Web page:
I claim:

1. A snow blade attachment for a garden rake having a head part embodying a bar carrying a row of tines having a certain length, said blade comprising a body of sheet material having a length at least as great as the length of the row of tines of a rake to which the blade is to be attached, the blade having a body part of substantial vertical width and having a forward side and a rear side, a tubular head extending longitudinally of the top of the blade body part, said head having a top and having a longitudinal row of apertures therein adapted to have the row of tines of a rake extended downwardly therethrough into and through the head, and tension means forming a yieldable, longitudinally extending portion of said head positioned adjacent to the rear side of the blade body. for engaging the rake tines and clamping the ends thereof against the blade body.

2. The invention according to claim 1, in combination with a binding means engaged through an aperture in said blade body and engageable with the head part of a rake and cooperating with said tension means for securing the tines against accidental withdrawal from the head.

3. The invention according to claim 1, wherein the blade body includes means for facilitating securing the same against accidental disengagement of the tines from said tension means by a flexible element engaging said means for binding the blade body to the rake head part.

4. The invention according to claim 3, wherein the last said means consists of an aperture formed through the blade body part below the said head thereof.

5. The invention according to claim 1, wherein said tubular head is rounded in cross section and comprises a forward, upward, rearward and downward continuation of the top of the blade body, the downward continuation portion having a terminal edge between which and the blade body the tines may be positioned.

6. The invention according to claim 1, wherein the said body part of the blade merges at its top into a rearwardly projecting, forwardly and upwardly curving breast portion which continues in a forward, upward, rearward and downward curvature to form the said tubular head, and the said downward curving portion forms the said tension means between the edge of which and the adjacent side of the breast portion of the blade body, the tines may be positioned and secured.

7. The invention according to claim 6, wherein the said edge includes a corner adapted to effect a nonslipping engagement with the tines.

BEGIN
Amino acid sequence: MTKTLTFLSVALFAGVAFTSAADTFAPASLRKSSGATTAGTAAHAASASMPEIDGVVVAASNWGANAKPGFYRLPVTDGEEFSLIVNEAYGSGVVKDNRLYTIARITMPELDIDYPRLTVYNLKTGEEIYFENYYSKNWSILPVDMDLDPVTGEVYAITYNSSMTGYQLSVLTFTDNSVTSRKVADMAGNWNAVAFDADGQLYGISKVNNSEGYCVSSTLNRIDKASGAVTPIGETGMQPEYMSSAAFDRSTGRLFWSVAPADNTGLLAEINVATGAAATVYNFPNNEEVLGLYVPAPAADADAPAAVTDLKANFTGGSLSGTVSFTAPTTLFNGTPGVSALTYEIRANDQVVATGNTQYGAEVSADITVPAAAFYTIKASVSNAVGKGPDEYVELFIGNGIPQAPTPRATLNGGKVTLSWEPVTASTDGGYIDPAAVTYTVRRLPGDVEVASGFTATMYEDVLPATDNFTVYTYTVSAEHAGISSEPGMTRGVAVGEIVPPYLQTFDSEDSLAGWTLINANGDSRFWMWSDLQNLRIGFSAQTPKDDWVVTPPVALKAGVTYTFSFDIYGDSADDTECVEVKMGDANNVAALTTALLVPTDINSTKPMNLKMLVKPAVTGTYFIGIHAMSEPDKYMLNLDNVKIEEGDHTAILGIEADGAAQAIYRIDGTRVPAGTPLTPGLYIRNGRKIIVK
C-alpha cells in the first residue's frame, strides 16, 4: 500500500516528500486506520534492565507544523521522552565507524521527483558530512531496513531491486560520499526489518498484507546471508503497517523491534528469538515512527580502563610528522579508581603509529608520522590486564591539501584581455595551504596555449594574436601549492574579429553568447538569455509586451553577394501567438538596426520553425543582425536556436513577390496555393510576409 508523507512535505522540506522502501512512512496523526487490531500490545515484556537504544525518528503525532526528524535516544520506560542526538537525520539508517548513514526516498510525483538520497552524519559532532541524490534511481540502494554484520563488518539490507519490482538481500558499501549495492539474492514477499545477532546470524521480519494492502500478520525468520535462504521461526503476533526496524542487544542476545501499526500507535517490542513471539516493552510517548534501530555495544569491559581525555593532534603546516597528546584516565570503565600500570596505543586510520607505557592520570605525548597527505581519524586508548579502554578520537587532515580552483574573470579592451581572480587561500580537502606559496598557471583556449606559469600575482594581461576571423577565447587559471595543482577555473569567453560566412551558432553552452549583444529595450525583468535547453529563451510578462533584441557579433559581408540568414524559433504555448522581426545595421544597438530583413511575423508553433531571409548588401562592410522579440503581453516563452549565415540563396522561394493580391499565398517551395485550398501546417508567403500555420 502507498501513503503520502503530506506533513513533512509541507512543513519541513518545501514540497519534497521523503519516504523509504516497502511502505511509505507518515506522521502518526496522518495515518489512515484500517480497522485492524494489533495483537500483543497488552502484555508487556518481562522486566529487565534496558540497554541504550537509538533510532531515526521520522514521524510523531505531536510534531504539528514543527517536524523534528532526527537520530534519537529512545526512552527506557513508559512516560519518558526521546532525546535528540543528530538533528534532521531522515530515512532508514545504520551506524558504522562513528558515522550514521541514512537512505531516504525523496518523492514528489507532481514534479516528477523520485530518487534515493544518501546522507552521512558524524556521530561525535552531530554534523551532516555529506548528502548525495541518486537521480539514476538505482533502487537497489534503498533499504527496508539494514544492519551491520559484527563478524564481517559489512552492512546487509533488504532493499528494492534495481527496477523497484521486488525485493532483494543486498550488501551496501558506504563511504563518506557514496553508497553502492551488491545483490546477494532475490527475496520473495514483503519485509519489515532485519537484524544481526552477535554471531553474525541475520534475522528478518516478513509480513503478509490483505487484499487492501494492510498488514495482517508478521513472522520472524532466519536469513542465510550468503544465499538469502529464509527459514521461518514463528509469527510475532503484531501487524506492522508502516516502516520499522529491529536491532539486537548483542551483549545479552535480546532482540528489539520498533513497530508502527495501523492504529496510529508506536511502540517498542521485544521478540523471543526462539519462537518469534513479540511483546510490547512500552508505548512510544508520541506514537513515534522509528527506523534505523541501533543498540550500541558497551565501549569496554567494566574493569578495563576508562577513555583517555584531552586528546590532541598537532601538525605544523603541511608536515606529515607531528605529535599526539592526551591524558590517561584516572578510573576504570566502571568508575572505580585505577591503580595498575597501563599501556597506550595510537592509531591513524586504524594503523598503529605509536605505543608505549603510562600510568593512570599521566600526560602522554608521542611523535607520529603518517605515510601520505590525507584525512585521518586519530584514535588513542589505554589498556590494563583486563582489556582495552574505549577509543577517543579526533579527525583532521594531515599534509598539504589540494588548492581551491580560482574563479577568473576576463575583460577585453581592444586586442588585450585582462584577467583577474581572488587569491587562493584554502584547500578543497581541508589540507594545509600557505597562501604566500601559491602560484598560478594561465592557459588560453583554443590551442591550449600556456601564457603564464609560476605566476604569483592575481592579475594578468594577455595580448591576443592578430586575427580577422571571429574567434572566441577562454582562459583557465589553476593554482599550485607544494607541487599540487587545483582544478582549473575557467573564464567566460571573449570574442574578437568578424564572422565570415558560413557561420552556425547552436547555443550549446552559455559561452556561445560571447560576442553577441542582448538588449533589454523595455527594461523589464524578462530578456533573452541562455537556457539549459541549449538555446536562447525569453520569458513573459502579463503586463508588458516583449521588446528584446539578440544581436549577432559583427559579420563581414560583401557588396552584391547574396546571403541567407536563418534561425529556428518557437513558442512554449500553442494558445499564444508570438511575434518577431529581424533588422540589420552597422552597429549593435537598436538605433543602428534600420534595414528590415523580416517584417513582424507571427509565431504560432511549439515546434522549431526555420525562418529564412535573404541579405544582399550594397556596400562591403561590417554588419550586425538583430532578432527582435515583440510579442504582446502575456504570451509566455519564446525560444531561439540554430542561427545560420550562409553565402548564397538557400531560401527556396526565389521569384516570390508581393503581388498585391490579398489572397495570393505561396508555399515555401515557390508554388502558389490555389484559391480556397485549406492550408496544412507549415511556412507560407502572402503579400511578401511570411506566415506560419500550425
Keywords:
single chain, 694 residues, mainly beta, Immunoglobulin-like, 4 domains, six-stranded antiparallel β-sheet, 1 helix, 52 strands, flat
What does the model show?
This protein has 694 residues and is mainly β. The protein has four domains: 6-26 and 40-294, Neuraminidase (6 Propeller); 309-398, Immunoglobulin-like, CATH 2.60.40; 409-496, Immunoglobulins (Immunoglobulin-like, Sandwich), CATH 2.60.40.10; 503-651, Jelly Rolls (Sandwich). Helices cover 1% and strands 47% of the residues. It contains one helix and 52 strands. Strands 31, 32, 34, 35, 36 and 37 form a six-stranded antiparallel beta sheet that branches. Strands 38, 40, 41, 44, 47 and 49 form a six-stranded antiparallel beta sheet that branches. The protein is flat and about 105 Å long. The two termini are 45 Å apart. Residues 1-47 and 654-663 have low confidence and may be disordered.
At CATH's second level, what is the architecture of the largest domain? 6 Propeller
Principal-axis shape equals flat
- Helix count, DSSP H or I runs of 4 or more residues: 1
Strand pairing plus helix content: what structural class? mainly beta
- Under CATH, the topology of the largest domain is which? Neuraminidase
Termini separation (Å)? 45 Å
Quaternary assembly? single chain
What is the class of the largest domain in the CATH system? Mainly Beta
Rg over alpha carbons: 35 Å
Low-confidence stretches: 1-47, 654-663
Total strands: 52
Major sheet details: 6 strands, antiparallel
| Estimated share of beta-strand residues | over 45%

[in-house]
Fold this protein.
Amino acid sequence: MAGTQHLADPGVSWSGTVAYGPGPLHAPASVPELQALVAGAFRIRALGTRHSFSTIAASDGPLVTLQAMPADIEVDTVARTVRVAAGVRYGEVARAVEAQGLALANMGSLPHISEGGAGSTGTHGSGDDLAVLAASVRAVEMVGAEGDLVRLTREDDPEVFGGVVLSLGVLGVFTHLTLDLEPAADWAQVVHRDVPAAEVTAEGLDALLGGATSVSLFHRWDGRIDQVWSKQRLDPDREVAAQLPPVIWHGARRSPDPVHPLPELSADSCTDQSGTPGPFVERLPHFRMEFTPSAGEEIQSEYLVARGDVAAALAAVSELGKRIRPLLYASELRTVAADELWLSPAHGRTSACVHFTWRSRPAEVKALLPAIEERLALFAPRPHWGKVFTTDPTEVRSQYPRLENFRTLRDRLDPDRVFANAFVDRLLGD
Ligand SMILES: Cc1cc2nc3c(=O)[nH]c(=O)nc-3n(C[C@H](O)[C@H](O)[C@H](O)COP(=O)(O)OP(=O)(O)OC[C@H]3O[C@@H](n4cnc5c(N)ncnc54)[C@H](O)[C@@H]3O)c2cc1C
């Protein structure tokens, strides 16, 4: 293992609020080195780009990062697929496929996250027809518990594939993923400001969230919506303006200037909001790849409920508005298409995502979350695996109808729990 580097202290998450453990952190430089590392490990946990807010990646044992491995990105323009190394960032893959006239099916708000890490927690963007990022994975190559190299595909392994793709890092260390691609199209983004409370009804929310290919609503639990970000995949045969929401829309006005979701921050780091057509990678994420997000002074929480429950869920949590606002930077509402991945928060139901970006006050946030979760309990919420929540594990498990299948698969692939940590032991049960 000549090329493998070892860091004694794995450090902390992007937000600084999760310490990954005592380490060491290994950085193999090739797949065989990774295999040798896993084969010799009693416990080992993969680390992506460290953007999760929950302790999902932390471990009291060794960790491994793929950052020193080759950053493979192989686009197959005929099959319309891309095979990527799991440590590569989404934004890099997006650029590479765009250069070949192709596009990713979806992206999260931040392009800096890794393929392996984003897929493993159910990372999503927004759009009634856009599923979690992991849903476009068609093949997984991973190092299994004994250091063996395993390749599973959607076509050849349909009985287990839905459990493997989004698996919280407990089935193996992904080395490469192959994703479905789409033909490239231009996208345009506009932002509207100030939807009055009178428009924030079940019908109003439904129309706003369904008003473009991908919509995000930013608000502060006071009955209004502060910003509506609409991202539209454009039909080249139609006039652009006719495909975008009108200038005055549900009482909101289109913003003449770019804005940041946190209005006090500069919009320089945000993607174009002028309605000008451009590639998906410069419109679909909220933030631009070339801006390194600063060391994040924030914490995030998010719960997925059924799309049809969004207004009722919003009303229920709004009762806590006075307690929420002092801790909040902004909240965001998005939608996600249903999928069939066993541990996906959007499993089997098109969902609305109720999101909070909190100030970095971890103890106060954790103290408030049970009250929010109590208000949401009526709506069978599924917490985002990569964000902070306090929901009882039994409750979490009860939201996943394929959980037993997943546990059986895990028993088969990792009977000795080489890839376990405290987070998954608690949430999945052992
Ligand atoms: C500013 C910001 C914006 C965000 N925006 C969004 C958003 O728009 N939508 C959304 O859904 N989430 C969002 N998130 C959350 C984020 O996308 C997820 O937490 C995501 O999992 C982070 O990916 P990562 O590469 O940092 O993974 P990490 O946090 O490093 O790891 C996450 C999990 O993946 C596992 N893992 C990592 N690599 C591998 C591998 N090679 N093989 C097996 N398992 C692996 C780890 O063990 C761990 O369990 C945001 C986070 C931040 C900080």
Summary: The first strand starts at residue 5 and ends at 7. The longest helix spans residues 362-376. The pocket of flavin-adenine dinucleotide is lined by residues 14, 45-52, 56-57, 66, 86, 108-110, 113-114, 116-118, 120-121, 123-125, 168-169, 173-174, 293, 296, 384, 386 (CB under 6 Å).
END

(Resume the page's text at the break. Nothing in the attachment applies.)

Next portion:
8. The invention according to claim 1, wherein the said blade consists of a single piece of said sheet material, said material being of a relatively stiff, resilient character, the blade being fashioned to have a lower part forming the said body part, and said body part merges at the top thereof into a rearwardly projecting rounded breast portion of relatively short radius, and said tubular head is of generally circular cross section and has a forward and upward curving part and a rearward, downward and forward curving resilient terminal portion having a free edge opposing said breast, and said head has the said row of apertures in the said top thereof positioned rearwardly of the highest part of the top and substantially in the vertical plane of the rear side of said breast.

References Cited UNITED STATES PATENTS 4/1938 Bayliss 56400.07 5/1953 Wale 3753

Patent Citations
Cited PatentFiling datePublication dateApplicantTitle
US2114518 *Nov 16, 1936Apr 19, 1938Bayliss Ben WGrubbing blade for rakes
US2637261 *Feb 26, 1951May 5, 1953Herbert E WaleAttachment for garden rakes
Referenced by
Citing PatentFiling datePublication dateApplicantTitle
US4475756 *May 28, 1982Oct 9, 1984Reading Kenneth A LShovel adapter for hand tool
US4888942 *May 18, 1988Dec 26, 1989Anthony MonacoLabor saving lawn implement
US5343684 *Apr 14, 1993Sep 6, 1994Siler Iii John RRake attachment
US5887364 *Dec 4, 1997Mar 30, 1999Toth; Julius A.Snow removal attachment for a rake
US6052982 *Mar 12, 1998Apr 25, 2000Haar; RudolphPlaying field grooming rake
US20040250454 *Apr 23, 2004Dec 16, 2004Willem JagerSnowplow
Classifications
U.S. Classification37/233, 37/241, 294/51, 37/266, 56/400.4
International ClassificationA01D7/00, A01G1/12, A01D7/10
Cooperative ClassificationA01G1/12, A01D7/10
European ClassificationA01G1/12, A01D7/10